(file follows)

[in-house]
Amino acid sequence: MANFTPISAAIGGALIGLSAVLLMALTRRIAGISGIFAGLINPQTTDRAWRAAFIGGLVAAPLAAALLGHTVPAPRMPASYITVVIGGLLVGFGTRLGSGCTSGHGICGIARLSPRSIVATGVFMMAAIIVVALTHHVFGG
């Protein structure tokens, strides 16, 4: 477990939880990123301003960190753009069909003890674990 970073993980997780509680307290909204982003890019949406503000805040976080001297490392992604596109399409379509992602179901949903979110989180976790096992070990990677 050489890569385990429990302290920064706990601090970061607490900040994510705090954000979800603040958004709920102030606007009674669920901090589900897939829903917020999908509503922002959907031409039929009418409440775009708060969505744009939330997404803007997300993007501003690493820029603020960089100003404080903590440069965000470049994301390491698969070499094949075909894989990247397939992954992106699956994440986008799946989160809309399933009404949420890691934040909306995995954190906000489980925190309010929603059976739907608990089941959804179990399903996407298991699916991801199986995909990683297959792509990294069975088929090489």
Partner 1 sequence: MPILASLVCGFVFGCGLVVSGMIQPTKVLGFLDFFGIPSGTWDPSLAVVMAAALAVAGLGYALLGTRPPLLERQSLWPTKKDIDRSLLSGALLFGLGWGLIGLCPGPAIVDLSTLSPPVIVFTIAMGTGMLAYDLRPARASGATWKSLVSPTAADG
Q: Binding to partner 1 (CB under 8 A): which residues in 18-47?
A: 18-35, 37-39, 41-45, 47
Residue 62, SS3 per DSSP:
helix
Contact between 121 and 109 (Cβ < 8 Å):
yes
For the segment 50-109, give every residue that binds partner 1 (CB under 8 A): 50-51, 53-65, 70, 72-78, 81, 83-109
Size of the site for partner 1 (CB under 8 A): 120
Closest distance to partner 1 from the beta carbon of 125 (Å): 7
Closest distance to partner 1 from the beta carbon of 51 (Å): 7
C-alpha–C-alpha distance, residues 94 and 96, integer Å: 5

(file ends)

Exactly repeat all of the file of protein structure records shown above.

[in-house]
Amino acid sequence: MANFTPISAAIGGALIGLSAVLLMALTRRIAGISGIFAGLINPQTTDRAWRAAFIGGLVAAPLAAALLGHTVPAPRMPASYITVVIGGLLVGFGTRLGSGCTSGHGICGIARLSPRSIVATGVFMMAAIIVVALTHHVFGG
């Protein structure tokens, strides 16, 4: 477990939880990123301003960190753009069909003890674990 970073993980997780509680307290909204982003890019949406503000805040976080001297490392992604596109399409379509992602179901949903979110989180976790096992070990990677 050489890569385990429990302290920064706990601090970061607490900040994510705090954000979800603040958004709920102030606007009674669920901090589900897939829903917020999908509503922002959907031409039929009418409440775009708060969505744009939330997404803007997300993007501003690493820029603020960089100003404080903590440069965000470049994301390491698969070499094949075909894989990247397939992954992106699956994440986008799946989160809309399933009404949420890691934040909306995995954190906000489980925190309010929603059976739907608990089941959804179990399903996407298991699916991801199986995909990683297959792509990294069975088929090489």
Partner 1 sequence: MPILASLVCGFVFGCGLVVSGMIQPTKVLGFLDFFGIPSGTWDPSLAVVMAAALAVAGLGYALLGTRPPLLERQSLWPTKKDIDRSLLSGALLFGLGWGLIGLCPGPAIVDLSTLSPPVIVFTIAMGTGMLAYDLRPARASGATWKSLVSPTAADG
Q: Binding to partner 1 (CB under 8 A): which residues in 18-47?
A: 18-35, 37-39, 41-45, 47
Residue 62, SS3 per DSSP:
helix
Contact between 121 and 109 (Cβ < 8 Å):
yes
For the segment 50-109, give every residue that binds partner 1 (CB under 8 A): 50-51, 53-65, 70, 72-78, 81, 83-109
Size of the site for partner 1 (CB under 8 A): 120
Closest distance to partner 1 from the beta carbon of 125 (Å): 7
Closest distance to partner 1 from the beta carbon of 51 (Å): 7
C-alpha–C-alpha distance, residues 94 and 96, integer Å: 5